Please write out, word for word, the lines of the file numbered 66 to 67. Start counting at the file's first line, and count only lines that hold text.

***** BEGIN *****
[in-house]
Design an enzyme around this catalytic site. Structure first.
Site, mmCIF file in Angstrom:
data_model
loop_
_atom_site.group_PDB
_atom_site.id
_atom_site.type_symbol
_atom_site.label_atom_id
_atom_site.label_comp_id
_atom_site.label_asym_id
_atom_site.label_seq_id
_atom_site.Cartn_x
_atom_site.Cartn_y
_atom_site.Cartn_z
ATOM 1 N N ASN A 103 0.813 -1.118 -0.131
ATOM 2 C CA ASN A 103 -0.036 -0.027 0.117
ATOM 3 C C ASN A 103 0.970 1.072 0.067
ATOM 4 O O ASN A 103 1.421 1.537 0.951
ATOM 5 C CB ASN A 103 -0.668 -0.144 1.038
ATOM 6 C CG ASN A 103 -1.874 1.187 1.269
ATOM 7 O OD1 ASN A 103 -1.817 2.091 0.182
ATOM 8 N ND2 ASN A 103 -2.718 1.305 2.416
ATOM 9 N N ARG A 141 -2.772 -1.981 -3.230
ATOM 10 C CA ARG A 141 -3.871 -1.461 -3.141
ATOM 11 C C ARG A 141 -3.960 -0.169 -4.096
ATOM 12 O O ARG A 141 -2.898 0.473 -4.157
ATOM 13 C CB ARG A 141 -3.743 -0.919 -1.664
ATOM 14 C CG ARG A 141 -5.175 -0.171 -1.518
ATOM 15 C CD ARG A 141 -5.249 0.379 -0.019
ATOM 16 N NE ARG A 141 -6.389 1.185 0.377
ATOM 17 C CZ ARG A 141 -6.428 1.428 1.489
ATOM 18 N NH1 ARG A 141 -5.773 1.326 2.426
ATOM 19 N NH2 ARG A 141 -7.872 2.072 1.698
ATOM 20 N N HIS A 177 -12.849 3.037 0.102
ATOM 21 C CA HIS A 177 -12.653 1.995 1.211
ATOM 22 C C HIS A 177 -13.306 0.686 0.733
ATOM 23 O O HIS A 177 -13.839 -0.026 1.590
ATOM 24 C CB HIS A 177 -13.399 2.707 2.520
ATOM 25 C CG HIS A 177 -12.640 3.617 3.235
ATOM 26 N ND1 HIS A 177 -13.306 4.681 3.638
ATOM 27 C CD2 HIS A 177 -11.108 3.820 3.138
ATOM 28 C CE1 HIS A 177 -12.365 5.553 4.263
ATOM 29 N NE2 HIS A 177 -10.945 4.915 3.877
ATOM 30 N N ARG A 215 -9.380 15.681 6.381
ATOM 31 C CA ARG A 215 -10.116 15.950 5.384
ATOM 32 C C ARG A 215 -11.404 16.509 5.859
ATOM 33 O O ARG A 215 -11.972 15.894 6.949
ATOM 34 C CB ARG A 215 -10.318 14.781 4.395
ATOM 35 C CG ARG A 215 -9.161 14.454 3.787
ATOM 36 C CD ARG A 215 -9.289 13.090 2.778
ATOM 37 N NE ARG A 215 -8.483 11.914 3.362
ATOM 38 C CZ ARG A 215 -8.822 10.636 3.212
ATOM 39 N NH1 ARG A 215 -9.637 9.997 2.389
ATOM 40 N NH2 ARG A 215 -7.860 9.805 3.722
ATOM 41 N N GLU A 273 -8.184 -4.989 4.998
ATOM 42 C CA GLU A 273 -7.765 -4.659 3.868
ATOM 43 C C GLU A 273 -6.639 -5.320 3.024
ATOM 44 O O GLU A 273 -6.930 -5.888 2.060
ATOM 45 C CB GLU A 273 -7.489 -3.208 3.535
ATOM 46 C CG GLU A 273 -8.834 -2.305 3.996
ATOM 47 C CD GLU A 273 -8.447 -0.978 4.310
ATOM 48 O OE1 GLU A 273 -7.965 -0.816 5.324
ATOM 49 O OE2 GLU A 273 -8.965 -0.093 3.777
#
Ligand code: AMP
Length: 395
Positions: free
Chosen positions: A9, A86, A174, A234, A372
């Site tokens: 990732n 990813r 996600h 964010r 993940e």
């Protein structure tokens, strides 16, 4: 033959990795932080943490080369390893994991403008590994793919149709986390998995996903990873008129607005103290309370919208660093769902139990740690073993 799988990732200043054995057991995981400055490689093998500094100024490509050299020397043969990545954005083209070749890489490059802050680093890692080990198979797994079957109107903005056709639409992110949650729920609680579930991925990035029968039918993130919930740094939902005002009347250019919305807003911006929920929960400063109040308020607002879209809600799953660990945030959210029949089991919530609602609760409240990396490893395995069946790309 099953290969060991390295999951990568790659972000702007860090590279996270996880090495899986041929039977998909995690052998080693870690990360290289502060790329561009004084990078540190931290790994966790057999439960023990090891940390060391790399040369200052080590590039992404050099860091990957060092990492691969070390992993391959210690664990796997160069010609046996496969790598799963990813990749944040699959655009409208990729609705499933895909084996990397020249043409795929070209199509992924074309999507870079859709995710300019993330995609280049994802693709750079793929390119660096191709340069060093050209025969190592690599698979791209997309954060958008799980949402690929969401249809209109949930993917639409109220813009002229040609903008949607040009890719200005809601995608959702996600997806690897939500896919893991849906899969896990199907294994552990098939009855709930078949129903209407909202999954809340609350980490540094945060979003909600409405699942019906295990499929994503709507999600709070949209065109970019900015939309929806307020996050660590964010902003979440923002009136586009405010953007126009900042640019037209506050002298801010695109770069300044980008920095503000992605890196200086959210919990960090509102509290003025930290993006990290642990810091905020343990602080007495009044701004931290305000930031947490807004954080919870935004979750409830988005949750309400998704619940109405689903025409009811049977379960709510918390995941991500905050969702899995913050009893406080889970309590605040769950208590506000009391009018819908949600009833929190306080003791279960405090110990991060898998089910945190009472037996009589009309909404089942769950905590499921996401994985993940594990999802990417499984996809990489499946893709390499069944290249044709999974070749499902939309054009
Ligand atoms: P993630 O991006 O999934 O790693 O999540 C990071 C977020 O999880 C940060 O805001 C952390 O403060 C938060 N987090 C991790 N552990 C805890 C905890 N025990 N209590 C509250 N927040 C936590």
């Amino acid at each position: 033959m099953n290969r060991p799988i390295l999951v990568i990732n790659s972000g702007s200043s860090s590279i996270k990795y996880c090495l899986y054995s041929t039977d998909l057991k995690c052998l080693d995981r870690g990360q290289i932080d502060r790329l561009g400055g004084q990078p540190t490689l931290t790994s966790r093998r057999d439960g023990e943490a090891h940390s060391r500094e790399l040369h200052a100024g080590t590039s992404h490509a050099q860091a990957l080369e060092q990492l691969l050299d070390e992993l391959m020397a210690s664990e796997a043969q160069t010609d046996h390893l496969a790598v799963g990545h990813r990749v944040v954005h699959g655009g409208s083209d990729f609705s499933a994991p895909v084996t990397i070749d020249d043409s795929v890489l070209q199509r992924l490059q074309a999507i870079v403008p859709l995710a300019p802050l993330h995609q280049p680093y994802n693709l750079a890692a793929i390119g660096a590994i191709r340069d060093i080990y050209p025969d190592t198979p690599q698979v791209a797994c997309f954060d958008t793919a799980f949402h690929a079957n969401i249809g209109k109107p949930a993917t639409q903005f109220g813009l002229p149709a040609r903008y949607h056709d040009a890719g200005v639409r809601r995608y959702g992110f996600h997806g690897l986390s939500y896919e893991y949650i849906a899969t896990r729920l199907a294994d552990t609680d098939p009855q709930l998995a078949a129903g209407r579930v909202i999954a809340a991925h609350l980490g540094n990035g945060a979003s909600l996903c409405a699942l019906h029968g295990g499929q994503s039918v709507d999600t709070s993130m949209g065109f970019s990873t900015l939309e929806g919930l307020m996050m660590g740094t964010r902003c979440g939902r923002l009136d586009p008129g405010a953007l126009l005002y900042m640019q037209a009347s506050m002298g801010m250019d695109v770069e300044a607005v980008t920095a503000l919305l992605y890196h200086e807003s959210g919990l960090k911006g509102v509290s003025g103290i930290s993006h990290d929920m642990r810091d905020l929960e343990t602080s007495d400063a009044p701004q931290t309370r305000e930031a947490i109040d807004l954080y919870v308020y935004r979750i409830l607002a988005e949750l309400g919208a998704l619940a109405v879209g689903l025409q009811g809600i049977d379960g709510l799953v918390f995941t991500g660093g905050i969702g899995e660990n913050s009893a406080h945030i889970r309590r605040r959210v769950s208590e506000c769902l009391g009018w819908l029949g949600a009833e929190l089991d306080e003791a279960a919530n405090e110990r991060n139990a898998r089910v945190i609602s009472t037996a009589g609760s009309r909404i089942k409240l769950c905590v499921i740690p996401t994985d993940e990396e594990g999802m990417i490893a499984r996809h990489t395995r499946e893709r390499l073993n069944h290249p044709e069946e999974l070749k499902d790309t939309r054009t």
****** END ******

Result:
Ligand code: AMP
Length: 395